James Hutton


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Related to James Hutton: Charles Lyell, Edward Suess

Hutton, James,

1726–97, Scottish geologist, chemist, and naturalist. He was initially attracted to chemistry; he entered the legal profession at the Univ. of Edinburgh; turned to medicine, as it closely resembled chemistry; and then became a farmer to allow him to study rocks and be able to pursue his interests in geology. He formulated controversial theories of the origin of the earth and of atmospheric changes (see uniformitarianismuniformitarianism,
in geology, doctrine holding that changes in the earth's surface that occurred in past geologic time are referable to the same causes as changes now being produced upon the earth's surface.
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) that paved the way to modern geological science. After 1768, he moved to Edinburgh to discuss his ideas with other scholars including the physician and mathematician John Playfair, and chemist Joseph Black. Hutton started a controversy by standing against the popular Neptunists (rocks developed in a great flood) and the Plutonists (all rocks are of igneous origin) schools, proposing the theory of uniformity of causes, concluding that the earth's history can be explained by observing the geological forces now at work, because these forces are identical to the ones that operated in the past. By studying the Devonian Old Red Sandstone along the Scotland coast, he discovered that sedimentary rocks originated from, not a single flood, but a series of successive floods; noted that the intrusion of igneous rocks were distinct from sedimentary deposits; recorded the gradual actions of geomorphic processes; and discussed the lengths of geologic time. His ideas influenced Charles LyellLyell, Sir Charles
, 1797–1875, British geologist. After studying and briefly practicing law, he spent most of his life in travel and in popularizing scientific ideas.
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's Principles of Geology, which in turn influenced Charles Darwin's theories of adaptive evolution. Hutton's great work was The Theory of the Earth (2 vol., 1795; MS fragment for Vol. III ed. by Archibald Geikie, 1899); it was simplified by John Playfair as Illustrations of the Huttonian Theory of the Earth (1802).

Bibliography

See study by E. B. Bailey (1967).

References in periodicals archive ?
Scientists will go where the best work is being done and the best facilities are Colin Campbell, James Hutton Institute (below)Scottish universities have become a magnet for the top brains, attracting researchers from all over the world Luke Thurman, Sheppard Robson (above)It is possible that the UK may reach an agreement with the EU on becoming an 'associated country' which would preserve the eligibility of UK institutions to apply for funding Christine O'Neill, Brodies (below)
Around the time John Hutton was writing about his experiences and proposing theories of cave formation, his namesake, James Hutton, was presenting his ideas outlined in his Theory of the Earth.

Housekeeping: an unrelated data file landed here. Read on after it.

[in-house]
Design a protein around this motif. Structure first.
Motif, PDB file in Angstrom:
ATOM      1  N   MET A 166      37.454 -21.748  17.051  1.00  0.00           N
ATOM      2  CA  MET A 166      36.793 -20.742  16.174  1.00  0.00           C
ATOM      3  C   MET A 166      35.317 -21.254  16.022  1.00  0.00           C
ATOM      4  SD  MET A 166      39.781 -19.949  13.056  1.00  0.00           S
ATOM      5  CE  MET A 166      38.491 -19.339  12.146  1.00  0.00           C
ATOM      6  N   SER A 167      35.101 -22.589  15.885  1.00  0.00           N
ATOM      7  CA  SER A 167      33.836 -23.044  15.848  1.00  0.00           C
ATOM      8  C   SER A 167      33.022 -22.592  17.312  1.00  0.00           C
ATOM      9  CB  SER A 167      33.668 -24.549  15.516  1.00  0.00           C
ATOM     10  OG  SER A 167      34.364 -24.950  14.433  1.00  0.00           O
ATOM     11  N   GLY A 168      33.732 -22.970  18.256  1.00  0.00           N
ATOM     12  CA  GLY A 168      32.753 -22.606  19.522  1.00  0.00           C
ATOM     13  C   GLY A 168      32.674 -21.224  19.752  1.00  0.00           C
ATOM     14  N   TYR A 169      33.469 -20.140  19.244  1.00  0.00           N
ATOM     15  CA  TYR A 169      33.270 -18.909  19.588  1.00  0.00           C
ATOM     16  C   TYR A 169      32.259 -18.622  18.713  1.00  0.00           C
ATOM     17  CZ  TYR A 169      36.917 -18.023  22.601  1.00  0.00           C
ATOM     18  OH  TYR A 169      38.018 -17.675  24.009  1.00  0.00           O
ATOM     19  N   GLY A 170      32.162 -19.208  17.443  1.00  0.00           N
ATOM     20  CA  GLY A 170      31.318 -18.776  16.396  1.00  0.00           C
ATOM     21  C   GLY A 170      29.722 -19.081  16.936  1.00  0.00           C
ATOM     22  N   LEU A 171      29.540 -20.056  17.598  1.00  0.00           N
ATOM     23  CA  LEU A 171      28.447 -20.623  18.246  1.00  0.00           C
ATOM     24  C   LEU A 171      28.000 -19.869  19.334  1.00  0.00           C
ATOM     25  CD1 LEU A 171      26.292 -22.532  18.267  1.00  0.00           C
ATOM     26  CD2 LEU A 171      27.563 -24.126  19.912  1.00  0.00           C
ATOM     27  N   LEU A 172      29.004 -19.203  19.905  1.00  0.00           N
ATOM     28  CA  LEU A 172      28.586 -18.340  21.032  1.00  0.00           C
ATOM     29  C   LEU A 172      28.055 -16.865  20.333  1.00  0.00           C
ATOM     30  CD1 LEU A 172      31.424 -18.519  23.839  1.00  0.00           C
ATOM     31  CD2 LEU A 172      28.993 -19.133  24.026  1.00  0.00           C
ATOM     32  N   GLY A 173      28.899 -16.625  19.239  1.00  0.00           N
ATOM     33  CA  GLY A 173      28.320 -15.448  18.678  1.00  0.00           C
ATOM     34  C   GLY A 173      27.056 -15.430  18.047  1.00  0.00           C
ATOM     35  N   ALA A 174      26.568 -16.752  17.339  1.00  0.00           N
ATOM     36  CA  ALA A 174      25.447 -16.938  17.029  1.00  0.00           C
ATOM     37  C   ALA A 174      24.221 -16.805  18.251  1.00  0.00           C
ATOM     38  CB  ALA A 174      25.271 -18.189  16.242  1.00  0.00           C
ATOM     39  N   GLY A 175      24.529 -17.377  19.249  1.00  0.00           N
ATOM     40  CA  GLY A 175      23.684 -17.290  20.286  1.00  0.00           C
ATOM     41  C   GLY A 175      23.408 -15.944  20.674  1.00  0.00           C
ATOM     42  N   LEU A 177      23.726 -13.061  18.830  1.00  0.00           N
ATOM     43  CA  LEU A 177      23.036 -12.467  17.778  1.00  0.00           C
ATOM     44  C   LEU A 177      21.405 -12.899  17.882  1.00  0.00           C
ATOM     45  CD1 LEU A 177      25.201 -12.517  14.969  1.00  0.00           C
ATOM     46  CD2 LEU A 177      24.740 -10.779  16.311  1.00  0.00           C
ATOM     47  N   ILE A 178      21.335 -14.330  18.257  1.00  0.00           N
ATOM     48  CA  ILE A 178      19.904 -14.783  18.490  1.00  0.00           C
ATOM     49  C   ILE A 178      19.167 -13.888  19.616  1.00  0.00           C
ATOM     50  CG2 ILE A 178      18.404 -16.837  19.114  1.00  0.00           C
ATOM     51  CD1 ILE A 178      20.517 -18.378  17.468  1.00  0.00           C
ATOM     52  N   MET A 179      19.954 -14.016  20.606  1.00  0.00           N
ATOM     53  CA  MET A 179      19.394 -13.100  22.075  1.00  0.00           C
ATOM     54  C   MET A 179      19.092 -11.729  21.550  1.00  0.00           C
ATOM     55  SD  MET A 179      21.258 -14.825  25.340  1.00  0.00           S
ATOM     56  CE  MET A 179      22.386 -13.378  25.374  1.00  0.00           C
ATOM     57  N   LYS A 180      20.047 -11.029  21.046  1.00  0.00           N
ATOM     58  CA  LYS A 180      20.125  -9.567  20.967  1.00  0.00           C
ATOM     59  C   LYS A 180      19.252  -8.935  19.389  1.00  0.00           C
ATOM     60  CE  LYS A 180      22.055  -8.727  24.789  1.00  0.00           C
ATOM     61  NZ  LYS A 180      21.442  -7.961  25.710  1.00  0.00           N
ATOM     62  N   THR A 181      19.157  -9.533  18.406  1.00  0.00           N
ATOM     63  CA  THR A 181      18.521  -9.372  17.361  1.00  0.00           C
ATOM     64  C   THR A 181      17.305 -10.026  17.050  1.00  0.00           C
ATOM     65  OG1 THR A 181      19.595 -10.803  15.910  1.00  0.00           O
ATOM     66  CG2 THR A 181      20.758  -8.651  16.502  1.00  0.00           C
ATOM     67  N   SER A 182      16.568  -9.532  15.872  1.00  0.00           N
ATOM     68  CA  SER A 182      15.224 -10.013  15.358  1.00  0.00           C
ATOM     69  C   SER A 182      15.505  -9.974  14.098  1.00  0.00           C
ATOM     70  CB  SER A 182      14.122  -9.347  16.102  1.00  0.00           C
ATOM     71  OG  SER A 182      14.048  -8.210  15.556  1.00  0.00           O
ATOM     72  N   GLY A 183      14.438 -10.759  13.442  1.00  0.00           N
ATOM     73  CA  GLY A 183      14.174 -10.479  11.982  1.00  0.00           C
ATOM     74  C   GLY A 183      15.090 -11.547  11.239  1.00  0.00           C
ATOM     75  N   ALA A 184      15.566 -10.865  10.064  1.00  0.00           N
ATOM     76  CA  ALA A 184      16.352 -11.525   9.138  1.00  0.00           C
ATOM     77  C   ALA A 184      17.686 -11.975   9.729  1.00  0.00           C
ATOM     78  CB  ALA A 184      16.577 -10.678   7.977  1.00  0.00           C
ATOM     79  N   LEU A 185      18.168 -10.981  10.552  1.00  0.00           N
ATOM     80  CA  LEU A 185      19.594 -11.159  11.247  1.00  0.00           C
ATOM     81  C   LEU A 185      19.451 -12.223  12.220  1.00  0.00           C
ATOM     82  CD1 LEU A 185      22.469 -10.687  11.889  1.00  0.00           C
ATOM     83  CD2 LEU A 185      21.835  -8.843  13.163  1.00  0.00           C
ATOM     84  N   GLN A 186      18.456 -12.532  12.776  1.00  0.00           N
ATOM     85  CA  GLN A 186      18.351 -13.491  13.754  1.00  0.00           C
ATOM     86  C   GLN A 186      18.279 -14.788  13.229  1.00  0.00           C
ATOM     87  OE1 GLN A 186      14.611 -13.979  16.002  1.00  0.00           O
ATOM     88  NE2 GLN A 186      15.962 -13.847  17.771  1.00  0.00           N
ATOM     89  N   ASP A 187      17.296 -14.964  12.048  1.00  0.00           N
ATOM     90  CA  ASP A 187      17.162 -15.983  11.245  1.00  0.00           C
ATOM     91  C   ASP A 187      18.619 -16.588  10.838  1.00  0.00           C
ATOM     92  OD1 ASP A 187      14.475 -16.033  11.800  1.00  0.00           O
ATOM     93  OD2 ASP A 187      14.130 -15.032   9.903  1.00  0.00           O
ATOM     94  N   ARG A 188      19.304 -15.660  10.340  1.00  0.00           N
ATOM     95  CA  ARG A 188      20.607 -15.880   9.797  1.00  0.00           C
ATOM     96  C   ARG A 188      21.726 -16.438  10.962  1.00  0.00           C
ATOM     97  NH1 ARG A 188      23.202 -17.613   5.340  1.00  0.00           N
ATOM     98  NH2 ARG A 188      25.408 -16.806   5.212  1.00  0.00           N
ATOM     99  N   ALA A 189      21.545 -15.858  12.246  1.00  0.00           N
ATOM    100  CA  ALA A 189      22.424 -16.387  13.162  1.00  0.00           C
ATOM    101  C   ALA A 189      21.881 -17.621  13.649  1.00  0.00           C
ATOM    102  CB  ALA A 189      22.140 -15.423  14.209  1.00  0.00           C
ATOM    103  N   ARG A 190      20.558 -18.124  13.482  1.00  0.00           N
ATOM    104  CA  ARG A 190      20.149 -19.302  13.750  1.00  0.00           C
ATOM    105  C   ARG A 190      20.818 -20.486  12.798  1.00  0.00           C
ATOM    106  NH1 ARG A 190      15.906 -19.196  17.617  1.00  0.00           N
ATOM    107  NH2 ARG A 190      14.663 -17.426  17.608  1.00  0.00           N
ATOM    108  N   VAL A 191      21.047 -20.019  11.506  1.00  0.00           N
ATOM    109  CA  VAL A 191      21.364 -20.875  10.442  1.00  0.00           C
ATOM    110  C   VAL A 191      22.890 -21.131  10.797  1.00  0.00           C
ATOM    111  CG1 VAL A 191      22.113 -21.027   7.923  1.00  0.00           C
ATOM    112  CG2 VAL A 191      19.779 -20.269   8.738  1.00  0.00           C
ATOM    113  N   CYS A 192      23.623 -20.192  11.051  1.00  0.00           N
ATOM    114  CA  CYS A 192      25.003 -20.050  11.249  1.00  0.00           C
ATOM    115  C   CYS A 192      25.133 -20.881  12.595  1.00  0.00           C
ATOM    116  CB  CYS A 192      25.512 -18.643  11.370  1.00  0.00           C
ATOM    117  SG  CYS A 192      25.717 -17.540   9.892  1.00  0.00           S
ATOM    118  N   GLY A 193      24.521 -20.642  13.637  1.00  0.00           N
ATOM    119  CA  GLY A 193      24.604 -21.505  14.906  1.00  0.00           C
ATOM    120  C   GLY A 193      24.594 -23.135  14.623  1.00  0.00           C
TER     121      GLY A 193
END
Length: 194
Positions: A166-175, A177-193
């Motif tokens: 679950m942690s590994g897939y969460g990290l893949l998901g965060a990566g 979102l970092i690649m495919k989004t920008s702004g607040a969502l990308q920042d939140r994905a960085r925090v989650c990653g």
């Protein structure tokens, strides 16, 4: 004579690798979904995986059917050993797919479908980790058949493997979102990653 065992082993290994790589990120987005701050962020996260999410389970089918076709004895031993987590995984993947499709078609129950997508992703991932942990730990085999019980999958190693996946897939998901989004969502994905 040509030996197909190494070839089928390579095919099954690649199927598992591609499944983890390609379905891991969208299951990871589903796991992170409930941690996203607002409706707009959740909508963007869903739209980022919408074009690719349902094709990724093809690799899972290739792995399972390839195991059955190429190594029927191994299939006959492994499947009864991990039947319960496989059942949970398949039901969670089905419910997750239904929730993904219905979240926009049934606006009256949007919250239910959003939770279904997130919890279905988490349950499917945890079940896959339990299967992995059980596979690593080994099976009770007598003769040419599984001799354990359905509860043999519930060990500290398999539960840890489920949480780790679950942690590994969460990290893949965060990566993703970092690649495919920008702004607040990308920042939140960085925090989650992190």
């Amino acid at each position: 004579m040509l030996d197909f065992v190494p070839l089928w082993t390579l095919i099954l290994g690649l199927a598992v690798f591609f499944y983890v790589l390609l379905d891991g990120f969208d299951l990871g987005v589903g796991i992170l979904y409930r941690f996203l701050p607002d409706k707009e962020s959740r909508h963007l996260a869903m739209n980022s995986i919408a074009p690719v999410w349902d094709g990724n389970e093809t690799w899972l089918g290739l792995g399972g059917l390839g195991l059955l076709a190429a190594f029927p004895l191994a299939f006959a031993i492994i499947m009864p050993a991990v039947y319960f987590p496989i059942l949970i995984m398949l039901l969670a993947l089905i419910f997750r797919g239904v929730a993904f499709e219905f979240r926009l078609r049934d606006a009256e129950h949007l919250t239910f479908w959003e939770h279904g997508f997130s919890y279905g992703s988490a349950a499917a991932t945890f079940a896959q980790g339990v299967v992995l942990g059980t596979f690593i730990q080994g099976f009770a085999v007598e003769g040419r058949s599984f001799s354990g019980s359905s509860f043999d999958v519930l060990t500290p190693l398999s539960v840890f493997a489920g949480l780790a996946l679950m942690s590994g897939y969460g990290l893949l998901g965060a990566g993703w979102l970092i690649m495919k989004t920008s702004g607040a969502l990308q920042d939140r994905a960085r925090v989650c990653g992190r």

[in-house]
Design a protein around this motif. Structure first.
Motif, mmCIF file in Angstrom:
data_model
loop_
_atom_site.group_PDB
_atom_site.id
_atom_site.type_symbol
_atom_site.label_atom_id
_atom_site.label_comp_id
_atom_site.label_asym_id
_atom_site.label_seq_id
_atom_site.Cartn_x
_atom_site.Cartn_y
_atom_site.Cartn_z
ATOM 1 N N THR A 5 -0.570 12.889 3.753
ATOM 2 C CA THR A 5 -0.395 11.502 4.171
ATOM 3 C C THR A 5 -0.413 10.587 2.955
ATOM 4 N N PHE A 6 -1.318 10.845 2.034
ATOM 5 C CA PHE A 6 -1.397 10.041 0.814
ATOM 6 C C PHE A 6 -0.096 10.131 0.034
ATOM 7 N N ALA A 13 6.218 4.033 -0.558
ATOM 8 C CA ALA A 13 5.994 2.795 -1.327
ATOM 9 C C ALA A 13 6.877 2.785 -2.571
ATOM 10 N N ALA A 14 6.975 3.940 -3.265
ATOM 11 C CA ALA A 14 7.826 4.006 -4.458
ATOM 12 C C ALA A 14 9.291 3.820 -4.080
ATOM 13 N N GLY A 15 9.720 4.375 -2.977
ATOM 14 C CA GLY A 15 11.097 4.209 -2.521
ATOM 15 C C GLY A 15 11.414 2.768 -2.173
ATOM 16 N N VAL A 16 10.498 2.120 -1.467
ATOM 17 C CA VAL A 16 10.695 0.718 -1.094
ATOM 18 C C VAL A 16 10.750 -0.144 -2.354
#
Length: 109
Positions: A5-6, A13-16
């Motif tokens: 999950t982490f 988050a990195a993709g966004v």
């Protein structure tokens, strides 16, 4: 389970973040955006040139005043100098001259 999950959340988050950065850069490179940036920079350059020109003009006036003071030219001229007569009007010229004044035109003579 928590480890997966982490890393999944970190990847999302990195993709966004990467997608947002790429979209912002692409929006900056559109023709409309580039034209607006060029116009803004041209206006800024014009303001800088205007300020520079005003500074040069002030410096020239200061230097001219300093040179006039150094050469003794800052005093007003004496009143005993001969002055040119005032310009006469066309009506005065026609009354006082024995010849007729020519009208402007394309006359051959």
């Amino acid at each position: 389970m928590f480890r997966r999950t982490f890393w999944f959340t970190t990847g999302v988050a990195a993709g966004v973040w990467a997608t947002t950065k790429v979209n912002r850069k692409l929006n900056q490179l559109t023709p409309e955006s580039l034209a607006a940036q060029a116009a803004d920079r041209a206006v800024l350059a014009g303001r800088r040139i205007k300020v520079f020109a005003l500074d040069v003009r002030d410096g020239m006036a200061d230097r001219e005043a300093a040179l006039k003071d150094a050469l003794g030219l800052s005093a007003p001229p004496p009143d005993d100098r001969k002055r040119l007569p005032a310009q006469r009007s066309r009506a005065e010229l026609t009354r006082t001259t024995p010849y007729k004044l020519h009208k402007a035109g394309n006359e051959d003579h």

Contact The James Hutton Institute on tel 0844 928 5428 or visit www.
2004): Ages in Chaos: James Hutton and the Discovery of Deep Time.
An international team of scientists - led in the UK by researchers at The James Hutton Institute in Dundee, undertook the work.
While Scottish geologist James Hutton, in 1795, derided those that would "judge of the great operations of the mineral kingdom, from having kindled a fire, and looked into the bottom of a little crucible," this volume makes the case for the importance of experimentation in the development of 19th century geology.
James Hutton [1726-1797] was a significant yet largely unheralded participant in the Scottish Enlightenment.
Other entries were initially less apparent to me but I was convinced after reading the text: the calculation of the distance from the earth to the sun in 1672 by Cassini, the discovery of the erosion of the earth by James Hutton in 1792, the discovery of the existence of ices ages by Agassiz in 1837, and the existence of ecosystems by Tansley in 1935.
In the 18th century the Comte de Buffon bravely proposed that the earth was up to half a million years old, opening the way for the Scot geologist James Hutton to establish truly "deep time.
Ante esto cabe citar a James Hutton quien en 1795 escribia "asi ocurre que, en general, la verdad y el error se ven obligados a luchar juntos por el progreso de la ciencia, y solamente en la proporcion en que la ciencia elimine los conceptos erroneos, que son necesarios para construir el pensamiento humano, la verdad se encontrara establecida en la filosofia natural" (Hutton, en Halam, 1985).
After a trial last year at the Court of Misdemeanours, in Lefkada, former hotel manager William James Hutton, a former Midlands man, water sports manager Rebecca Jane Morgan and assistant manager Kevin Michael Jones were found guilty of negligence in connection with the tragic accident.
After a trial last year at the Court of Misdemeanours in Lefkada, hotel manager William James Hutton, from Dorridge, water sports manager Rebecca Jane Morgan, and assistant manager Kevin Michael Jones were found guilty of negligence in connection with the tragic accident.